Reinventing Progress Software—Boston’s Next Billion-Dollar Company? Part 2
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people saying, “This is all really nice, but I don’t even know how effective my existing business is. I have 20 years’ worth of legacy software, layer upon layer, from different vendors, and before I start adding bits on, I don’t even know where I am.” Through Actional, which is our business transaction management product, you can non-intrusively plug into legacy applications and find out where the bottlenecks are.
X: As you noted, Progress’s growth over the past decade has mainly been through acquisitions. When you say that you want to double your revenues to $1 billion, are you saying that you’re going to do it through this bundling and this unified marketing strategy, rather than through more acquisitions?
Richard Reidy: It is the main way, but I would say that it would not preclude us from doing further acquisitions and rounding out the product portfolio. But even without acquisitions, I expect double-digit growth this year, and we feel pretty good about the future. But we probably will be doing more acquisitions this year, just to round out the strategy.
X: How has your acquisition strategy changed over the years? I’ve heard you make a distinction between “anchor” acquisitions and “tuck-ins.”
RR: We’ve historically classified our acquisitions as anchor acquisitions where we diversify, or as tuck-ins. DataDirect [a 2003 acquisition] was one of those anchors, an established, healthy business that we bought, and we subsequently did tuck-in acquisitions, using DataDirect as a primary assembler. Right now, I don’t really have the desire to diversify the company any more. Rather, I think all future acquisitions will be to enhance the existing strategy. To the extent that we may add data cleaning tools, improved visibility products, dashboarding, whatever it might be, it will all be behind this strategy of operational responsiveness. You won’t see us going into source code control or business intelligence or document management.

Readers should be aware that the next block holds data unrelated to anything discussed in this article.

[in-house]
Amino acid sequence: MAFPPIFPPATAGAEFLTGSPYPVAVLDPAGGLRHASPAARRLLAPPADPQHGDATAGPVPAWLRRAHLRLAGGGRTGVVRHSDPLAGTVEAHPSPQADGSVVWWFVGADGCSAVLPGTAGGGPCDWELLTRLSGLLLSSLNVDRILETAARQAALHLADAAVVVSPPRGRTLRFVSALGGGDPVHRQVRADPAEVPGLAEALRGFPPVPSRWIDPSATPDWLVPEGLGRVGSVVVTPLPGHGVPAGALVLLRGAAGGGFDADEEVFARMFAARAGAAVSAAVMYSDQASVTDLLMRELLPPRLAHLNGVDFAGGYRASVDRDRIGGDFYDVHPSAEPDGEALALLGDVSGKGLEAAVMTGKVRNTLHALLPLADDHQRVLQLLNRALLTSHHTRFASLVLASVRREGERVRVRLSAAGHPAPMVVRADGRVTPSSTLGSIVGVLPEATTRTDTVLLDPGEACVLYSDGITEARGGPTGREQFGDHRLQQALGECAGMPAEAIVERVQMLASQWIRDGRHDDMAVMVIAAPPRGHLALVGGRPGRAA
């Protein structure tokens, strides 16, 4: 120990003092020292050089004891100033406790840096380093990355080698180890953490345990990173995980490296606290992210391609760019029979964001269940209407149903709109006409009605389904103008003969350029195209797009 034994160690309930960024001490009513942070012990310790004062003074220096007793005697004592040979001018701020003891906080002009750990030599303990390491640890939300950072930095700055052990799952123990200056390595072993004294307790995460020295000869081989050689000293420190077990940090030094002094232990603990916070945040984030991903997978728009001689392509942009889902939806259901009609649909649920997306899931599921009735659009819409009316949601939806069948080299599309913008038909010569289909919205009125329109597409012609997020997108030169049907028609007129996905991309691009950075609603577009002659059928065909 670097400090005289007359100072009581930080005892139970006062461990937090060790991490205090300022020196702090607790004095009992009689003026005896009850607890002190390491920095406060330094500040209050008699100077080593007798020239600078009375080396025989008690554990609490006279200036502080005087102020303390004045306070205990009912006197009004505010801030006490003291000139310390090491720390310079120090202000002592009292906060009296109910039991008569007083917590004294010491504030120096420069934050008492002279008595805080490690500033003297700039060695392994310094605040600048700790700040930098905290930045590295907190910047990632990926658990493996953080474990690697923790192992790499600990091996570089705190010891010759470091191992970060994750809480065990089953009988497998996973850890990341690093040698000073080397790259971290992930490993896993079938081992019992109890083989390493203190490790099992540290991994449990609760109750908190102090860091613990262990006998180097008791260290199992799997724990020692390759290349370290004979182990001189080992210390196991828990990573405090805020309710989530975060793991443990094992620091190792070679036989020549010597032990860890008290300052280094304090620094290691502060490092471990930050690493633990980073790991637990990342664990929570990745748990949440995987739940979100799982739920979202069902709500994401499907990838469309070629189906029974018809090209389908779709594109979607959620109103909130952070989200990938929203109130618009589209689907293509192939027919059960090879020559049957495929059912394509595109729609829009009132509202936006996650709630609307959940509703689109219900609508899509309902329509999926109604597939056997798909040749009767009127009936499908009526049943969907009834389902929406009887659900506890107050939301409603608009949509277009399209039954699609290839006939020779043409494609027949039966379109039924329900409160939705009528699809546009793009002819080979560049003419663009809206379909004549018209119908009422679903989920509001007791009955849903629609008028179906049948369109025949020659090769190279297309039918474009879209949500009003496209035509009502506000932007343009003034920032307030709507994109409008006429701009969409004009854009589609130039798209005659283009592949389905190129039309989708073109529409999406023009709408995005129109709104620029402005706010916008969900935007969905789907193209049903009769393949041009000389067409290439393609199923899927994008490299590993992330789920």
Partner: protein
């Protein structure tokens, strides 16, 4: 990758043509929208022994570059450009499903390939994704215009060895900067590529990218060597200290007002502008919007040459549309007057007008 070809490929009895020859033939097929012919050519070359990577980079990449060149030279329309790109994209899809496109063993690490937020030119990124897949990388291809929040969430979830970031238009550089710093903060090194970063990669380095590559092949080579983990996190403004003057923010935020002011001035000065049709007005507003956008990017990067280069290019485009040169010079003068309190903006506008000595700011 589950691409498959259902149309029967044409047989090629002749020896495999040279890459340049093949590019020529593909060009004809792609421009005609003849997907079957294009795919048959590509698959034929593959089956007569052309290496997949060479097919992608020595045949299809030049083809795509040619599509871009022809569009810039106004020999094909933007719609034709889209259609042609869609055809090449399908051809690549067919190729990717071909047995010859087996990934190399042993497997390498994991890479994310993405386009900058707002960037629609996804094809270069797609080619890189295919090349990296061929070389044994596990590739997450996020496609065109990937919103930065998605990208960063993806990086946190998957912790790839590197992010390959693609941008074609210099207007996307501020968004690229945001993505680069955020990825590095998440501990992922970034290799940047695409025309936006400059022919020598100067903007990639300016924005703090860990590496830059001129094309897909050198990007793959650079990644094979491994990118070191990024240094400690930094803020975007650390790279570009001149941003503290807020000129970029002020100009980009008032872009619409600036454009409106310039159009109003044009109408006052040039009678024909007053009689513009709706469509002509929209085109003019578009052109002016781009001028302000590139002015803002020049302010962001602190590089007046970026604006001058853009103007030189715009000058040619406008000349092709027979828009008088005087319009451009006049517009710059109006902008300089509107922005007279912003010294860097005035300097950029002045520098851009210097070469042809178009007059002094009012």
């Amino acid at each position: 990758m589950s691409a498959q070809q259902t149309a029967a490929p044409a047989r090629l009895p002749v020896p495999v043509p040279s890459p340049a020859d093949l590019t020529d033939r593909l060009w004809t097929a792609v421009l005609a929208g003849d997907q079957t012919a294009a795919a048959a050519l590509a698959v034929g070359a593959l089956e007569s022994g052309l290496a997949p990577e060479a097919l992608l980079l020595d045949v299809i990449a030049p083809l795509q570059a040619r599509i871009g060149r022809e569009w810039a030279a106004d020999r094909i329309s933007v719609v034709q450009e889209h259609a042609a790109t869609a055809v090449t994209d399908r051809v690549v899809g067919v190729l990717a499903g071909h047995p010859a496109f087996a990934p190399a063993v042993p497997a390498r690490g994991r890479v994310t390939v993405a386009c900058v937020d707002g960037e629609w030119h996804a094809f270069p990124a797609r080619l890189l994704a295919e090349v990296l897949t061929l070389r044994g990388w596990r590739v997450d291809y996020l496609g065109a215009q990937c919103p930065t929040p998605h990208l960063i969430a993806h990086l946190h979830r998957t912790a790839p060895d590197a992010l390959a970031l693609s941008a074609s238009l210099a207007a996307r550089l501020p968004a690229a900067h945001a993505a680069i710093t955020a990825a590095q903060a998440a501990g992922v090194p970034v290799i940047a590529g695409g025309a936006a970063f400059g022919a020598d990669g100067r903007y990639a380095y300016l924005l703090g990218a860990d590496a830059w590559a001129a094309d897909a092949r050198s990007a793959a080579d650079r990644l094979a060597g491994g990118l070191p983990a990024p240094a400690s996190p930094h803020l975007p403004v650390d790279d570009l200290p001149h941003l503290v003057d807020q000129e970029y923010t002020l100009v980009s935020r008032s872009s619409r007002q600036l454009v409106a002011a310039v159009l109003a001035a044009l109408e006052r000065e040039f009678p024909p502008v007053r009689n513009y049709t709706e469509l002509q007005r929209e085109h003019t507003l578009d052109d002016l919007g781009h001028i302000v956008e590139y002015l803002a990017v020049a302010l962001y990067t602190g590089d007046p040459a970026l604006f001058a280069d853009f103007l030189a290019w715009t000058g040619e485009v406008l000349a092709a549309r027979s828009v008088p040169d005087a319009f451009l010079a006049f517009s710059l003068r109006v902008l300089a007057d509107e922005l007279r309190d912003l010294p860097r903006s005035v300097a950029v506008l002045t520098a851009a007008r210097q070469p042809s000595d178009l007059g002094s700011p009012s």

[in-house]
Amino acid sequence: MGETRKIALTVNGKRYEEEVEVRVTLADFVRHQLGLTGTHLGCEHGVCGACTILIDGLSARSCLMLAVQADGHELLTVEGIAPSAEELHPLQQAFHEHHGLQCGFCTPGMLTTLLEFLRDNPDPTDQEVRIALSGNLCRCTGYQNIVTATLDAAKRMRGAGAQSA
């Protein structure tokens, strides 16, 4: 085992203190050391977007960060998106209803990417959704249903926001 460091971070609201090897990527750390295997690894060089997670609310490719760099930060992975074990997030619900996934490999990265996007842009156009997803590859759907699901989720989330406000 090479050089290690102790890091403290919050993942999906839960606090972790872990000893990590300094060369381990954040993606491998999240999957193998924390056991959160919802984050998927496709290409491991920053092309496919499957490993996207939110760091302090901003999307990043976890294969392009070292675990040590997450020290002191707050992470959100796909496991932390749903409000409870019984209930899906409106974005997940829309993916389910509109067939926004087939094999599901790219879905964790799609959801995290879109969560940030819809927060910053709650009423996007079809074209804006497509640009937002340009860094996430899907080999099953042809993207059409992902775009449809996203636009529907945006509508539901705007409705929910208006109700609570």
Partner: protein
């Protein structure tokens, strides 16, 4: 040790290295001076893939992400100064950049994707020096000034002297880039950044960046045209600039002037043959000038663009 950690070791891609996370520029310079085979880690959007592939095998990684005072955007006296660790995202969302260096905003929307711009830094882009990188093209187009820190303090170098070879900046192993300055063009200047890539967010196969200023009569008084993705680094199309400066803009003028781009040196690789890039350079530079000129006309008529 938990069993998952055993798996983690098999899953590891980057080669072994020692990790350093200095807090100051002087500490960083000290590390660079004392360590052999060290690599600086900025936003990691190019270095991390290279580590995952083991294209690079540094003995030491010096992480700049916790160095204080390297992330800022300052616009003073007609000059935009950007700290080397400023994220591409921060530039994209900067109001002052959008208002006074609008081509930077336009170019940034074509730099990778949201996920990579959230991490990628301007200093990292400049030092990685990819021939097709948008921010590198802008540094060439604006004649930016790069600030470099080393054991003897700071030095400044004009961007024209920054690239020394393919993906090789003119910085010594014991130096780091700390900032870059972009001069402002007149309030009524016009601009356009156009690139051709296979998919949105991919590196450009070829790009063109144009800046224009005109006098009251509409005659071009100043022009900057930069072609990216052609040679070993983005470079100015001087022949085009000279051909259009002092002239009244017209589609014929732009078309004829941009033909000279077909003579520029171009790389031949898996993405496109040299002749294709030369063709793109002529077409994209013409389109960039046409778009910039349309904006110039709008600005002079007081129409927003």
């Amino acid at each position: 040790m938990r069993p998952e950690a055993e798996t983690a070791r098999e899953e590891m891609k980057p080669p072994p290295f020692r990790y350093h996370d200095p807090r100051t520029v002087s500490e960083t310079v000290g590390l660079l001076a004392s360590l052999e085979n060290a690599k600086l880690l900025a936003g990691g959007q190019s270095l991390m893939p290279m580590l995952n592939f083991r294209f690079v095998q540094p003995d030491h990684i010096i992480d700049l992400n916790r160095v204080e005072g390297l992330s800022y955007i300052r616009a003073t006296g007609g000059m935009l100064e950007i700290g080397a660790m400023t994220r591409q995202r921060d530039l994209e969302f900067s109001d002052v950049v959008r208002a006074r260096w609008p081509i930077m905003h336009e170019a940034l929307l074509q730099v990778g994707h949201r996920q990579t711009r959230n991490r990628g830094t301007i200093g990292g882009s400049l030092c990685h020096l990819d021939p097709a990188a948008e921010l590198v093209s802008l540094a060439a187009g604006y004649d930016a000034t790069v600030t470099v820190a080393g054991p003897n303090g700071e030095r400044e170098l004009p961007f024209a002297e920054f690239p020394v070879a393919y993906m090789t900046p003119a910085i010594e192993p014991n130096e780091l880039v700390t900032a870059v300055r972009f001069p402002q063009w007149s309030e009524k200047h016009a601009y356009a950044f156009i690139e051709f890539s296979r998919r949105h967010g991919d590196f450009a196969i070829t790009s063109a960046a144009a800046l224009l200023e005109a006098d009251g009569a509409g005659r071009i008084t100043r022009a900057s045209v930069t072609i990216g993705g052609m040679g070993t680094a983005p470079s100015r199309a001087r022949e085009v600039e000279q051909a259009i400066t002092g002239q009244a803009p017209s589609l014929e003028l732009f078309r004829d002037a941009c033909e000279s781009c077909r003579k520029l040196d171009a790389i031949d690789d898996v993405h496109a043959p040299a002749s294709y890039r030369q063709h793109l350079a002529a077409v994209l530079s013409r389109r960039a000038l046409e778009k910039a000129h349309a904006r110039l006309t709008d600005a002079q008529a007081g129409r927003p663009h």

X: The different ways that large companies go about integrating their acquired companies is something we’ve studied a bit here at Xconomy, especially with big local players like IBM and EMC. What do you feel like you’ve learned about that process over the years?
RR: There’s a big difference in our maturity and our understanding of the process from the first three or four acquisitions we did to the last three or four. It’s almost cookie-cutter for us now. It’s not scary for us. Every time we do one, there might be a little bit of change or surprise, but generally … Next Page »